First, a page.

Uptown Greensboro mural fundraiser features local artists


Photo: Artist Kenneth Brown beside his mural painting. Photo Courtesy of Uptown Greensboro on Instagram.

Re'Dreyona Walker, theCulture Editor

Several local artists participated in a mural fundraiser, as a collaboration with the nonprofit arts and culture organization Uptown Greensboro. Uptown Greensboro is an economic development organization that is focused on revitalizing the urban community through the arts.

The nonprofit is heavily dedicated to creating art projects that will stimulate investment activity in the “northeastern” section of Greensboro, otherwise known as Uptown.

The art auction was an effort to fund future murals for public art projects in Greensboro’s urban communities. The artists would paint a mural on a 4×8’ panel live, for nearly five hours, as viewers could watch and bid on their paintings via Uptown Greensboro’s Facebook page. Bidding for these pieces started at $500 and would be sold to the highest bidders.

The event was heavily promoted through the Uptown Greensboro Instagram page, as flyers encouraged followers to tune in on Sept. 26 and support the auction. The event was initially set to happen on Sept. 12 but was rescheduled due to inclement weather.

Some of the artists featured were Emmanuel Mollette, Brandi Schmidt, Kenneth Brown and Littleton Ugliford III. A few of the artists expressed that they appreciated the opportunity to be a part of the auction and that they were able to bring awareness to revitalization projects for Uptown Greensboro.

“It was a great experience working with such talented artists,“ Brown said. “I’m also building my brand right now so this was good exposure for me as well.”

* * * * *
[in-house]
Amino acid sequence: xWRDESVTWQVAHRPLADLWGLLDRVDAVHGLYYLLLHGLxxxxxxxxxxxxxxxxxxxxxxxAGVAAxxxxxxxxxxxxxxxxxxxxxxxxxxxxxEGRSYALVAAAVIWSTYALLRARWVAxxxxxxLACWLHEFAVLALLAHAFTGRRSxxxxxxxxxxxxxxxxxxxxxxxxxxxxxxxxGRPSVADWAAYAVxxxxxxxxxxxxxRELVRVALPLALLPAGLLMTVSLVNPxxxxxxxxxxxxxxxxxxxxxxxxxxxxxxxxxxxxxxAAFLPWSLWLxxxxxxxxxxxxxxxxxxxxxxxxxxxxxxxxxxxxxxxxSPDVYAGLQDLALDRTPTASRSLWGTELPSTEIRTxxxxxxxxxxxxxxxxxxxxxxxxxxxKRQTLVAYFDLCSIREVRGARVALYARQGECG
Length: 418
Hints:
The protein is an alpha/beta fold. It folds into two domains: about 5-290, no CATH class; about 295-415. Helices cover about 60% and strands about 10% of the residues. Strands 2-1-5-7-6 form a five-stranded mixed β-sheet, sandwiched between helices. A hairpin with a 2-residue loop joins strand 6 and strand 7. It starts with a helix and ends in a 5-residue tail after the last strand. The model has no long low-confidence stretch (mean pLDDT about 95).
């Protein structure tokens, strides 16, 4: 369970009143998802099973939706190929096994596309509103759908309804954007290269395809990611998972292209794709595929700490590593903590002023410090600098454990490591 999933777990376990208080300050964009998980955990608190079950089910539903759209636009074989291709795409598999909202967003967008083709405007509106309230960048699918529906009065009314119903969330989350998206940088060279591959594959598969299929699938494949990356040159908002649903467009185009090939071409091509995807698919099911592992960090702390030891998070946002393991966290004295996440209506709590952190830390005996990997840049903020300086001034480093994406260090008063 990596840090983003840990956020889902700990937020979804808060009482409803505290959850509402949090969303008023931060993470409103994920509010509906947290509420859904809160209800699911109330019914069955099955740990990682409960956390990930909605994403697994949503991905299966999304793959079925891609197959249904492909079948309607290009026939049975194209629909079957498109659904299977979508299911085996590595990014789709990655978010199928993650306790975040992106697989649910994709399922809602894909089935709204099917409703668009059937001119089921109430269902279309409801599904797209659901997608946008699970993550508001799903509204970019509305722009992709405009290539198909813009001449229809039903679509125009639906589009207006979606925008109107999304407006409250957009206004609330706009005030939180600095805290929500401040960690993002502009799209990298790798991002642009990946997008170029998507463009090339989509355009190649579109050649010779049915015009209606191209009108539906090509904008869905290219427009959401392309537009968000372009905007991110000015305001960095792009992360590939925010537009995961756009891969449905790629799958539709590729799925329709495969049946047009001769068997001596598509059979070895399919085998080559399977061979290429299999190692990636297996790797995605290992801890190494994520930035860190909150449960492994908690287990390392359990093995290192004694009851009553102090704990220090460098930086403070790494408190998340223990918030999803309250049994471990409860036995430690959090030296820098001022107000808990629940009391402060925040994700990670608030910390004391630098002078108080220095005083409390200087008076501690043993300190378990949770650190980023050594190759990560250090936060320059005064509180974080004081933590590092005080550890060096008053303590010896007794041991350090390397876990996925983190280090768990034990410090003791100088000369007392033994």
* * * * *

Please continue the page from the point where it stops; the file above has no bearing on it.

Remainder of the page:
Schmidt says even though the mural fundraiser turned out great she still wishes local communities were more connected and supportive of the effort, but she understands it is difficult right now because of the COVID-19 pandemic. 

“I think it is really important for our communities to stick together during this time,” Schmidt said. “But I really enjoyed being a part of this opportunity with Uptown Greensboro. I support the message behind it and their goals for the Uptown Greensboro community.”

Schmidt painted a beautiful canvas of a Black woman in black and white, smiling and twisting her afro hair as she is surrounded by a colorful, yellow background. She called the painting “Radiate Joy,” as the woman was painted to resemble the sun.

“I had this image in my mind of a black girl radiating joy like ‘Black girl magic’,” Schmidt said. “I wanted to take that image in my mind a step further by having her in black and white but still expressing pure joy and radiating positivity.”

With the woman being drawn in black and white, while the background is vibrant and colorful, the painting is sending a powerful message by being reflective on how Black women still remain hopeful even through trying times. Brown says she got inspired by the current social climate of the Black Lives Matter movement and the tragic death of Breonna Taylor.